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“Non-Bible” goes cheap and displaying virtue at work


Saturday 2 April 2016

Email ethics: A study of ethics at work, by Ethics & Compliance, a US-based non-profit has found that Americans have very different responses when ethics are raised at work, The Economist reports. A field test in India found that a virtuous quotation added to an email sign-off was protective – a boss was less likely to ask that employee to do something dubious. Further research showed that Australians were a little different in their responses. “When Americans see a moral quotation appended to an email they tend to taker it as a true representation of the sender’s beliefs; Australians, by contrast, suspect the sender is being ‘holier than thou’, and tend to trust him less.”

Biblical Aussies: The Economist thought there was something in the Australian response and quoted Luke 16:15 (interestingly they use the King James) “Ye are they which justify yourselves before men; but God knoweth your hearts”.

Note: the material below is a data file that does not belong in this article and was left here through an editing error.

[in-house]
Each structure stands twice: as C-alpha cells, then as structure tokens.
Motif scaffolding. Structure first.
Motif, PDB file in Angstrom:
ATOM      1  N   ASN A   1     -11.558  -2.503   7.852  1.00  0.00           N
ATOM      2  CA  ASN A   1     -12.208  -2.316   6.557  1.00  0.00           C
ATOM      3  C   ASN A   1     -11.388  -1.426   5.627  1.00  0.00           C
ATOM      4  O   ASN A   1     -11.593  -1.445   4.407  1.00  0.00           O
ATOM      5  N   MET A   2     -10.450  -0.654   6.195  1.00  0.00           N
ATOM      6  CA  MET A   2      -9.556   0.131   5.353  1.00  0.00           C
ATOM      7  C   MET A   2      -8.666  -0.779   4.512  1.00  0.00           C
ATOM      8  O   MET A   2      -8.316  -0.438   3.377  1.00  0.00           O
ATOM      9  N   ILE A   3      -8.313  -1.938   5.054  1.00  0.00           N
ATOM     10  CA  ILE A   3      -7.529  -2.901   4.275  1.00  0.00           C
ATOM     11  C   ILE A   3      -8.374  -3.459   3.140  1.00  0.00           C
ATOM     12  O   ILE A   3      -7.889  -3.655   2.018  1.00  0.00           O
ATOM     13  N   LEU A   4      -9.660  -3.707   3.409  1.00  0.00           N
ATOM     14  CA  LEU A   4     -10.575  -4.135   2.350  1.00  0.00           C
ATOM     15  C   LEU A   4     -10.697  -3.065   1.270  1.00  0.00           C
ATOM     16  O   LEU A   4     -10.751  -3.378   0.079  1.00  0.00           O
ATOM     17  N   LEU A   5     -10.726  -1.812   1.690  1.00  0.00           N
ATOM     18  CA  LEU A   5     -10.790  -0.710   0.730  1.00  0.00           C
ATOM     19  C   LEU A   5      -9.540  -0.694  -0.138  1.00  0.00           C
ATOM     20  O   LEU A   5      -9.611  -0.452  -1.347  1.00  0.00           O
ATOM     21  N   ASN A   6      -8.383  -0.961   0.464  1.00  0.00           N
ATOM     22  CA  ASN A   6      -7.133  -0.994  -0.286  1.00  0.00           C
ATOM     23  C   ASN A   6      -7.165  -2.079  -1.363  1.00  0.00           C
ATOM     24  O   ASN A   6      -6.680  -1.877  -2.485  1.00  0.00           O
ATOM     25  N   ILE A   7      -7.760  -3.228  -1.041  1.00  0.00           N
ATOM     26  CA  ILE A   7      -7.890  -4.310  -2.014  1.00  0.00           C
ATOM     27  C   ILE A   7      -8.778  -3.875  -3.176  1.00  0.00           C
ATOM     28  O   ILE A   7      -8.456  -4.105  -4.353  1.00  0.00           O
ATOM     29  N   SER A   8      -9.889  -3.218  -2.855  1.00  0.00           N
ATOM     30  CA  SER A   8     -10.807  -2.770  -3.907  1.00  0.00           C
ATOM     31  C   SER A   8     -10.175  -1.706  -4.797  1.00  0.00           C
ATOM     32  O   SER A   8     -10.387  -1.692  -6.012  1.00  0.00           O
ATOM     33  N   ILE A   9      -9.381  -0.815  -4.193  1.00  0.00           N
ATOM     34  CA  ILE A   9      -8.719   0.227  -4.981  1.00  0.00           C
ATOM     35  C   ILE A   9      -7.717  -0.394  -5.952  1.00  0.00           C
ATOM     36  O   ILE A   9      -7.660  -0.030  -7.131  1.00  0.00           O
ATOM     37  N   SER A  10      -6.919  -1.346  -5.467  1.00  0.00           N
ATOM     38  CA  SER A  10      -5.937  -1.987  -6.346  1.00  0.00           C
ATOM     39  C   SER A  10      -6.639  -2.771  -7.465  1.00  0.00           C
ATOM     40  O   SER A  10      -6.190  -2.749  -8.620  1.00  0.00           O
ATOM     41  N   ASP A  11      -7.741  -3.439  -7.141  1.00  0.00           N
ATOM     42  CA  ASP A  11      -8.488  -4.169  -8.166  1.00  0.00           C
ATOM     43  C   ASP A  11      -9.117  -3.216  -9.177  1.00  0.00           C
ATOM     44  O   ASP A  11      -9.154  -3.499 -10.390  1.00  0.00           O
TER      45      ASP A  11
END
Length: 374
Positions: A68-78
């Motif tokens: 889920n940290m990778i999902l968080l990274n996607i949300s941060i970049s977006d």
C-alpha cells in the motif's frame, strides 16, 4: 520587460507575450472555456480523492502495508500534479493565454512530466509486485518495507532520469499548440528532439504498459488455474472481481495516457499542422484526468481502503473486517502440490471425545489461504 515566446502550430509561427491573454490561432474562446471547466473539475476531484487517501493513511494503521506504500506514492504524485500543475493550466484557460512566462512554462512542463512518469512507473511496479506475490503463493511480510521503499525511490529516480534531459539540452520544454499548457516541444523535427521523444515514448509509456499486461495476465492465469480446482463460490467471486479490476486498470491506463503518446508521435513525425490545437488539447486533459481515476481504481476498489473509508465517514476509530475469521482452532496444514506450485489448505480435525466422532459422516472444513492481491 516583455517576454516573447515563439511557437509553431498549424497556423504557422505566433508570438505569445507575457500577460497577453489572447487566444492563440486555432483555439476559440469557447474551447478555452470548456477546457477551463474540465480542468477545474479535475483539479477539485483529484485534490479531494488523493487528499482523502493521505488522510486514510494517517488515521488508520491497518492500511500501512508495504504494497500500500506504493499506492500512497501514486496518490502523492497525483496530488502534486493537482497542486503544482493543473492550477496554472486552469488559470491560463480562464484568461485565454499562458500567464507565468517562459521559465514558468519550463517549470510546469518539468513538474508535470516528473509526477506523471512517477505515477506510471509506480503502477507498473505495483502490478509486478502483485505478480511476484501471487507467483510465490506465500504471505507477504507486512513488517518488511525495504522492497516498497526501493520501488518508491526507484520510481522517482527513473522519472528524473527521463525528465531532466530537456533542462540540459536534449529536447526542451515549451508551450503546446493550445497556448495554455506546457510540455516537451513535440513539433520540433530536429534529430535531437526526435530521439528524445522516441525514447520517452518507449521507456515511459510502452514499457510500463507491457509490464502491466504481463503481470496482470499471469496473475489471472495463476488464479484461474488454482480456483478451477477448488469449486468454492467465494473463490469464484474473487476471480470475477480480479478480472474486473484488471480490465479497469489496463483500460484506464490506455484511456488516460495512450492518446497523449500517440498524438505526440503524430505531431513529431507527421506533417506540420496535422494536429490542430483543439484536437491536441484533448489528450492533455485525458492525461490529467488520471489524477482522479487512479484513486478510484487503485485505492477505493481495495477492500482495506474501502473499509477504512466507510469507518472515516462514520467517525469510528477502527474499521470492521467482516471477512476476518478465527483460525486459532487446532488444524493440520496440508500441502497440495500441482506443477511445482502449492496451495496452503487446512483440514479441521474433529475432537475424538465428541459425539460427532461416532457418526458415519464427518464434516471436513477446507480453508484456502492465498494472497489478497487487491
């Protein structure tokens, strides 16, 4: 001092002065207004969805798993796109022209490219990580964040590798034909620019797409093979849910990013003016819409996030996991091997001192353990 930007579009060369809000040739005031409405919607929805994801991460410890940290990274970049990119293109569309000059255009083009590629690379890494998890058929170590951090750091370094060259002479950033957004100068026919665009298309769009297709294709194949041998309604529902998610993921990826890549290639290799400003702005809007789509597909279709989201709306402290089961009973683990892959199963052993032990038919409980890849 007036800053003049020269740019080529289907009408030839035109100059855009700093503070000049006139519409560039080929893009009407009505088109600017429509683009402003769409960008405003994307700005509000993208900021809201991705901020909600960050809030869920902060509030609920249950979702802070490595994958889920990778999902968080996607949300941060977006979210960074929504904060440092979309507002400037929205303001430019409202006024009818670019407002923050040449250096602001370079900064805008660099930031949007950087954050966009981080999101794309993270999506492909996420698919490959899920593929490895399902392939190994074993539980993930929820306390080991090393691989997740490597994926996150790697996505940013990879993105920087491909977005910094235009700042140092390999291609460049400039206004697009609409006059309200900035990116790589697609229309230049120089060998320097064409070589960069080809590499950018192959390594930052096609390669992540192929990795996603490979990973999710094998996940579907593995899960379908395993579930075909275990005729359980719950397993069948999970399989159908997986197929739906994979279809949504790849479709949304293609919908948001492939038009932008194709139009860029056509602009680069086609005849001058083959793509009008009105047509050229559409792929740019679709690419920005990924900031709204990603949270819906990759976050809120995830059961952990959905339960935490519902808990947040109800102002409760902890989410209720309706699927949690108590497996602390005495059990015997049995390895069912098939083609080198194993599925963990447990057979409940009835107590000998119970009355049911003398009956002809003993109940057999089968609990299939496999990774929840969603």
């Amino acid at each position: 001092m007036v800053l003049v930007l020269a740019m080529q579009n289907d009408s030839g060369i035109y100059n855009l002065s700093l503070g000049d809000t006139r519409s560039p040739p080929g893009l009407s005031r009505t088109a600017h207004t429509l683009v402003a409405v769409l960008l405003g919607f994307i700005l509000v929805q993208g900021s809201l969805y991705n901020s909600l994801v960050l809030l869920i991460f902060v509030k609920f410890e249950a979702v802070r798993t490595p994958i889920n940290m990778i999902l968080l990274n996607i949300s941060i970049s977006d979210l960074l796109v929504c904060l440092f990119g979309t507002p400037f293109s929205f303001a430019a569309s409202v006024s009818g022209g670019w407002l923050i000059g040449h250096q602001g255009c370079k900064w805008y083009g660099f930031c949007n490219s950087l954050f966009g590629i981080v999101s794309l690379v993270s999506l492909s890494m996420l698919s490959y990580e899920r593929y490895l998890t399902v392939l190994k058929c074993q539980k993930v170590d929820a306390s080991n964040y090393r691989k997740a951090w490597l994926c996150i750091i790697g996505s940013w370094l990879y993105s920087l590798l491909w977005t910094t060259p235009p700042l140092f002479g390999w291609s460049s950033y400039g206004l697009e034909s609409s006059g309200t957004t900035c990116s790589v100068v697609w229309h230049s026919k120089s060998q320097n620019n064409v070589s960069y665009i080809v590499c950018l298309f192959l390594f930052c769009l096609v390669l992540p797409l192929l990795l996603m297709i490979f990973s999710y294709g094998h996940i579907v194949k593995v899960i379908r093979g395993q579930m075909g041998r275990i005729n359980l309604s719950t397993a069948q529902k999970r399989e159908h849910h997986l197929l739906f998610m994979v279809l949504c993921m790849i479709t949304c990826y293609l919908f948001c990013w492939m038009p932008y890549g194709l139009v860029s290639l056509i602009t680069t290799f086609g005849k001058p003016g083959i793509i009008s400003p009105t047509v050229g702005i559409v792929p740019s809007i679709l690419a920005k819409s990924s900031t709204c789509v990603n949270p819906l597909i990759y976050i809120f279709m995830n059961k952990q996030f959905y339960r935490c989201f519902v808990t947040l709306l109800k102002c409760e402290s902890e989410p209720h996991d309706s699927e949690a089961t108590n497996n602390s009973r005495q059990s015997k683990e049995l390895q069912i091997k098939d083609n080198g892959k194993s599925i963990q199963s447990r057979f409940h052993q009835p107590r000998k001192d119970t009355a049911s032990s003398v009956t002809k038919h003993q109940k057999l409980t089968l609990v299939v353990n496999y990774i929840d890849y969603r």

Spotted in the inner city: The "Good Book" goes cheap

Spotted in the inner city: The “Good Book” goes cheap

Bibles going cheap: Actually non-Bibles. Obadiah spotted The Good Book: A Humanist Bible, “made by A. C Grayling”, $19.90 down from $60, at a trendy inner-city bookstore recently. The Good Book contains 14 books (Genesis, Wisdom, Parables, Concord, Lamentations, Consolations, Sages, Songs, Histories, Proverbs, The Lawgiver, Acts, Epistles, and The Good) but no Gospel.

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